“The role of the intelligence community is to speak truth to power — that’s why we are investigating reports that the White House sought to muzzle science-based testimony on the national security impacts of climate change, including testimony by Dr. Schoonover to our Committee last month,” Schiff said in a statement. “We will be inviting Dr. Schoonover to return to our committee to shed light on alleged efforts to censor his written testimony, and are continuing to press for documents from the intelligence community related to the committee’s hearing, to ensure that this doesn’t ever happen again.”
Rosenberg said that even though Schoonover may have left on his own, the controversy surrounding his testimony could intimidate other experts within the federal government’s ranks.
“That’s just a terrible signal to federal professionals broadly, to people in the State Department who don’t know what they can say in their relations with other countries and the Hill,” he said.
Even as the fallout over last month’s climate hearing continues, the White House has decided to shelve one controversial idea — establishing a group to question the federal government’s own findings on climate change. The task force, championed by NSC Senior Director William Happer, has been under discussion for months but ran into opposition from members of the intelligence and defense community, as well as some of Trump’s own scientific appointees.
E&E News first reported Tuesday that the climate science panel had been indefinitely postponed. Two individuals briefed on the matter, who asked for anonymity because they were not authorized to speak on the record, confirmed the delay.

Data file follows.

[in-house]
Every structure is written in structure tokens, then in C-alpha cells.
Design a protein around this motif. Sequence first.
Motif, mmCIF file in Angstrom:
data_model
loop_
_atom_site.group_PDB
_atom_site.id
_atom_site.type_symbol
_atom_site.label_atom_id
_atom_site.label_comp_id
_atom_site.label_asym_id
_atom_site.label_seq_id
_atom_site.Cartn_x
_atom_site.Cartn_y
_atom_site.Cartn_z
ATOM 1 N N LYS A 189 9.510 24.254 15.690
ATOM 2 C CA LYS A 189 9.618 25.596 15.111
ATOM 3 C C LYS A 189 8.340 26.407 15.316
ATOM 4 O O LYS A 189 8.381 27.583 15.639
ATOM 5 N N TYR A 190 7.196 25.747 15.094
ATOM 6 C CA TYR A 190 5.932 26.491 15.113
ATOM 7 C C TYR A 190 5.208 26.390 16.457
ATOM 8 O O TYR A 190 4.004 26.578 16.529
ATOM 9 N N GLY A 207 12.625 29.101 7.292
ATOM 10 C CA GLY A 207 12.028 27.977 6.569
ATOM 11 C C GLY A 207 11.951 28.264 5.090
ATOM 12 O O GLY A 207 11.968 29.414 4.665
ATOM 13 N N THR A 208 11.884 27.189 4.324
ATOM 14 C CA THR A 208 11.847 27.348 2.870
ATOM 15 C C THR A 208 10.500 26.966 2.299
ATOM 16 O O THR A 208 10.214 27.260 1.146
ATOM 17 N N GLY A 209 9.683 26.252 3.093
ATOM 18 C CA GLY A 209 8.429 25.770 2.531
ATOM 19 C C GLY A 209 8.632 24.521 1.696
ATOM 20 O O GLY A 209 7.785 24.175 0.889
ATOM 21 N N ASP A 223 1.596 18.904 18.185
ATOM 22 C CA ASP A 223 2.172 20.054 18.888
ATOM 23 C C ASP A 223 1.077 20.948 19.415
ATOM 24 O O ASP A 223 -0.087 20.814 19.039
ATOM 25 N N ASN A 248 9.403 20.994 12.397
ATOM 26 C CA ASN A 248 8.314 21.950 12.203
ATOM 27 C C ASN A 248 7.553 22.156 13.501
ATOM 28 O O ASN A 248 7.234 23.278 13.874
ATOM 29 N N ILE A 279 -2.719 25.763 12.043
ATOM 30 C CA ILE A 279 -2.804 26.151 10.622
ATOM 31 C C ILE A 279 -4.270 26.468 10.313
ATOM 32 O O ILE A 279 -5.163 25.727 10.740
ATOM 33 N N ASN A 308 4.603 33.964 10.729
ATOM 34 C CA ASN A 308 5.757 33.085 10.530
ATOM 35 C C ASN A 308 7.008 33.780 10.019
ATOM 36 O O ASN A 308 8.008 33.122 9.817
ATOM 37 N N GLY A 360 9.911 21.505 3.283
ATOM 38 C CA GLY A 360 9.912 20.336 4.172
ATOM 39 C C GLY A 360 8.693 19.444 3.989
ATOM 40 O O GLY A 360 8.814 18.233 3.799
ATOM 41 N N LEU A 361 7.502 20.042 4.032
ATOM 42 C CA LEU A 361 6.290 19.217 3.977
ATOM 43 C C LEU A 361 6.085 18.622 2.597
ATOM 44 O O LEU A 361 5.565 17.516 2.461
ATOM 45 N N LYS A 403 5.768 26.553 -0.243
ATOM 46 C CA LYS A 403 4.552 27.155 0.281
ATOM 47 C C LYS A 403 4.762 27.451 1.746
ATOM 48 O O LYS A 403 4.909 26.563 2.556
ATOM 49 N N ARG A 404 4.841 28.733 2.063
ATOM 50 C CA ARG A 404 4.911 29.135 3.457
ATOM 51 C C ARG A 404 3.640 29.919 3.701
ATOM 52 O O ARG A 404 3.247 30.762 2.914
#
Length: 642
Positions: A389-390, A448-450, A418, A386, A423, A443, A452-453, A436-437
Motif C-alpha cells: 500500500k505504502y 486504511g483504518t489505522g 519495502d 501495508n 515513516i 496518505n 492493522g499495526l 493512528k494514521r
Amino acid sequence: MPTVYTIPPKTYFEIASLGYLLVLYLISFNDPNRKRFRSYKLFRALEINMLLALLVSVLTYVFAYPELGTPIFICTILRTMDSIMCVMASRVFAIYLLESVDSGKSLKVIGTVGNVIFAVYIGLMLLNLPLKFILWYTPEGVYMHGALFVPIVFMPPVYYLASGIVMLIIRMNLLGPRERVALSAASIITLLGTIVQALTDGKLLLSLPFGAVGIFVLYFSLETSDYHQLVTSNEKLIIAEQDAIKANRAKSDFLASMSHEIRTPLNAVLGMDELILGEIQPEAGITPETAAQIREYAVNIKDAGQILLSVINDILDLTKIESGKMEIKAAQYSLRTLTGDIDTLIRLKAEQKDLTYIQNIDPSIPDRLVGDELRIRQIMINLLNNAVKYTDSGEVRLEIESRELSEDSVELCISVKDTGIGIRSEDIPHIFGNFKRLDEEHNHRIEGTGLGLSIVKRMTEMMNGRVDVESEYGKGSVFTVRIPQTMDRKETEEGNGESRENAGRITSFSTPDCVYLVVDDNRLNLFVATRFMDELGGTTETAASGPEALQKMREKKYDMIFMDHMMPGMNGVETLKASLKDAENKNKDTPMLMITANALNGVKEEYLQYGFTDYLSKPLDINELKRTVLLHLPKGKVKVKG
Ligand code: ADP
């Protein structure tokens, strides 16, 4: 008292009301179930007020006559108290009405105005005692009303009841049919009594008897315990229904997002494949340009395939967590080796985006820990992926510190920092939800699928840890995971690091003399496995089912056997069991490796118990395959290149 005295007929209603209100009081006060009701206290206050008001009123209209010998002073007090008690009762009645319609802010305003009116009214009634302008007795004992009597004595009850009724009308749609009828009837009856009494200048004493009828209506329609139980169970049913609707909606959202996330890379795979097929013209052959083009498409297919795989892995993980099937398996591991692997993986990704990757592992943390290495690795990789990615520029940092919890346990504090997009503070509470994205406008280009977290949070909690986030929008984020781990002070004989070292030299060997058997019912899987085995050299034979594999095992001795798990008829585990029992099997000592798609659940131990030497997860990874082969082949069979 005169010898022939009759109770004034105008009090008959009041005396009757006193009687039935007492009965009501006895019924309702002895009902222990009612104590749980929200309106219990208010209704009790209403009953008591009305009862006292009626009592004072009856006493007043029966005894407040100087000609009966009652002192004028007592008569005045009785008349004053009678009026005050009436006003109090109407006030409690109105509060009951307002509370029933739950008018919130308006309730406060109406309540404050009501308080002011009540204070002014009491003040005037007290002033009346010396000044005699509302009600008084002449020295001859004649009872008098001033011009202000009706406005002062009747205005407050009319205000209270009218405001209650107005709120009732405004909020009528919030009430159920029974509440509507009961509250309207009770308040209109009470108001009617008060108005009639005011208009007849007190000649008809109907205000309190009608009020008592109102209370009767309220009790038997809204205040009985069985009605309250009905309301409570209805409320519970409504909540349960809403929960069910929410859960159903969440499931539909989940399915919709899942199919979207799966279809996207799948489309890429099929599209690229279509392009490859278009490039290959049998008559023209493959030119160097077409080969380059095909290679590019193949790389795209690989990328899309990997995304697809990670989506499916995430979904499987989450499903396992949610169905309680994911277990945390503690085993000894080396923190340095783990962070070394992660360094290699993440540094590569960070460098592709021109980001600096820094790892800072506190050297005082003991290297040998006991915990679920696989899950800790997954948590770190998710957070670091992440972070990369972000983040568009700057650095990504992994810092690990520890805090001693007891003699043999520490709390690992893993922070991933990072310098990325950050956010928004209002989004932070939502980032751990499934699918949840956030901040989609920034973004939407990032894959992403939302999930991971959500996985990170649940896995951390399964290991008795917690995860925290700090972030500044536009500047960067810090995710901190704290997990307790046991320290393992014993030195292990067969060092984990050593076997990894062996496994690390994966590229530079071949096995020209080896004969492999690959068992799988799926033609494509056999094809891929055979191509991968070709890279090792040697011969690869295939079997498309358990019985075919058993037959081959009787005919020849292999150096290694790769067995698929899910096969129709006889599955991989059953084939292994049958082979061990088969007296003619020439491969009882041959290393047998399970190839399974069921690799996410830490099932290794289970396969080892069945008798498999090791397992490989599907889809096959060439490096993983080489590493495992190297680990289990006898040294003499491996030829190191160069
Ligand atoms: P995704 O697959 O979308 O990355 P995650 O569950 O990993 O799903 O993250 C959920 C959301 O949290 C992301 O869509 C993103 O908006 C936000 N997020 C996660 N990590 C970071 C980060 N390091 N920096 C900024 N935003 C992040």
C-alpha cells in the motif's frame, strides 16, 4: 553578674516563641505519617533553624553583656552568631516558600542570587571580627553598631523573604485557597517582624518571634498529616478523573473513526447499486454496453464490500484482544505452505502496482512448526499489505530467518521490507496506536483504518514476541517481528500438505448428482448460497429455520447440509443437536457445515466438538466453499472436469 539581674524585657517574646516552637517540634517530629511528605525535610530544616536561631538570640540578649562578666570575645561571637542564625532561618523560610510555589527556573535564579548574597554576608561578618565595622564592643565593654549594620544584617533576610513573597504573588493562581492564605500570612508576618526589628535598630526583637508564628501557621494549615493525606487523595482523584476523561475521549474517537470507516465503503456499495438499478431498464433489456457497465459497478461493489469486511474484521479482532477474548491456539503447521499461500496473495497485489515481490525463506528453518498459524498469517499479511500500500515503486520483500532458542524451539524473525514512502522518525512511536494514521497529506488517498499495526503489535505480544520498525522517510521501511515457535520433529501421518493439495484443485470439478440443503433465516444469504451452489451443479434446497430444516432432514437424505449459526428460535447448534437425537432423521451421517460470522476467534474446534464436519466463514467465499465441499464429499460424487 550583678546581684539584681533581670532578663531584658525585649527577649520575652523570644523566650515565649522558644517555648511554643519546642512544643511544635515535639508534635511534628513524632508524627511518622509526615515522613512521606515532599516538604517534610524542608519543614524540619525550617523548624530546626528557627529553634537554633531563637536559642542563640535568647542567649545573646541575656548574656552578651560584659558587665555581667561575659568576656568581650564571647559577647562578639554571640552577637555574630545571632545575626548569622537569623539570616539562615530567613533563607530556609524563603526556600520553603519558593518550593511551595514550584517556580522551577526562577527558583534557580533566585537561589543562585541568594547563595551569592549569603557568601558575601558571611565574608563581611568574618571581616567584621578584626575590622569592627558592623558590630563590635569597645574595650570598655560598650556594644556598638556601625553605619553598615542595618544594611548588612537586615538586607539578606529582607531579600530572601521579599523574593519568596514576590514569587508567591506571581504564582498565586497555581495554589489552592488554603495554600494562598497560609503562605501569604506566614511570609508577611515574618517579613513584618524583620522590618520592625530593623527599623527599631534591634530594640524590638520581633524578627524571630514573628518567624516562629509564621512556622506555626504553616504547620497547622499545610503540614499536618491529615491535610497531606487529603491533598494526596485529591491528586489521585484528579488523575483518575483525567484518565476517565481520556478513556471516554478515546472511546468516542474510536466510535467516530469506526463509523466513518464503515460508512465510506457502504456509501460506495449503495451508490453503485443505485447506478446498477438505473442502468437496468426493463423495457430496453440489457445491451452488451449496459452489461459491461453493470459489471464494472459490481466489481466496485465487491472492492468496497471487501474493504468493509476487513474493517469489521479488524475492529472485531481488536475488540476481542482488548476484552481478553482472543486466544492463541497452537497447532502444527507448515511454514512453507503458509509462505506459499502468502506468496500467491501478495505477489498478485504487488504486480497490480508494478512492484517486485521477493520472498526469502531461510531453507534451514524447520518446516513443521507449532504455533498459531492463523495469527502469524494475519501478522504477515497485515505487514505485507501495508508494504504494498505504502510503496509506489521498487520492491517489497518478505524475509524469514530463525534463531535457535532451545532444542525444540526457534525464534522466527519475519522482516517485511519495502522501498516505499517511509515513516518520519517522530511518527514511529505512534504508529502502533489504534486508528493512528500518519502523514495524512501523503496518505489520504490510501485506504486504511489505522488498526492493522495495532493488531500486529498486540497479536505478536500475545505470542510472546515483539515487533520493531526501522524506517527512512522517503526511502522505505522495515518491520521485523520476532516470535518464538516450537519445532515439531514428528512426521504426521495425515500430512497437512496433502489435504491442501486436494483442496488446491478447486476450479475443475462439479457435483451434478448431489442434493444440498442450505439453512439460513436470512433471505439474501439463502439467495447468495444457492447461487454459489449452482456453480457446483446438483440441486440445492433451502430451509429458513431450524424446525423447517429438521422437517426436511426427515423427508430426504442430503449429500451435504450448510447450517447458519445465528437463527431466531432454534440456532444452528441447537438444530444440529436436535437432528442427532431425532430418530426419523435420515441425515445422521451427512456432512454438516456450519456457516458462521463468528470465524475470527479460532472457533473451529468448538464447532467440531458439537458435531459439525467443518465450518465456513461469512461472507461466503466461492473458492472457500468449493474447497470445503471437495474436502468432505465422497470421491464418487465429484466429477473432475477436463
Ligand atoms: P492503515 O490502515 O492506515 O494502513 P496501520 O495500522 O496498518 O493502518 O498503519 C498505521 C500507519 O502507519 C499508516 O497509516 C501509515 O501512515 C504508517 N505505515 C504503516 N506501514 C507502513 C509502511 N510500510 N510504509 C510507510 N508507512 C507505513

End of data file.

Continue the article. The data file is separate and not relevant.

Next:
Myron Ebell, who directs the Center for Energy and Environment at the conservative Competitive Enterprise Institute, attributed the decision to a political calculation by Trump’s reelection campaign consultants, saying they effectively told him: “We have polling showing that you need to stress your environmental accomplishments and not start controversial things that will get you bad press, like going after climate science.”
Officials at the NSC declined to comment on the status of the aborted climate panel.
Francesco Femia, chief executive of the Council on Strategic Risks and co-founder of the Center for Climate and Security, welcomed the decision to nix the task force.
“The very lowest baseline is that the White House should never politicize science or intelligence analysis, so this isn’t anything to celebrate under normal circumstances,” Femia said in an email. “But it is still good to see this politically-motivated effort fail. The national security, military, intelligence and science communities came out strongly against it, and the result affirms that standing up for the integrity of our democratic system matters, especially since too many of our political leaders won’t.”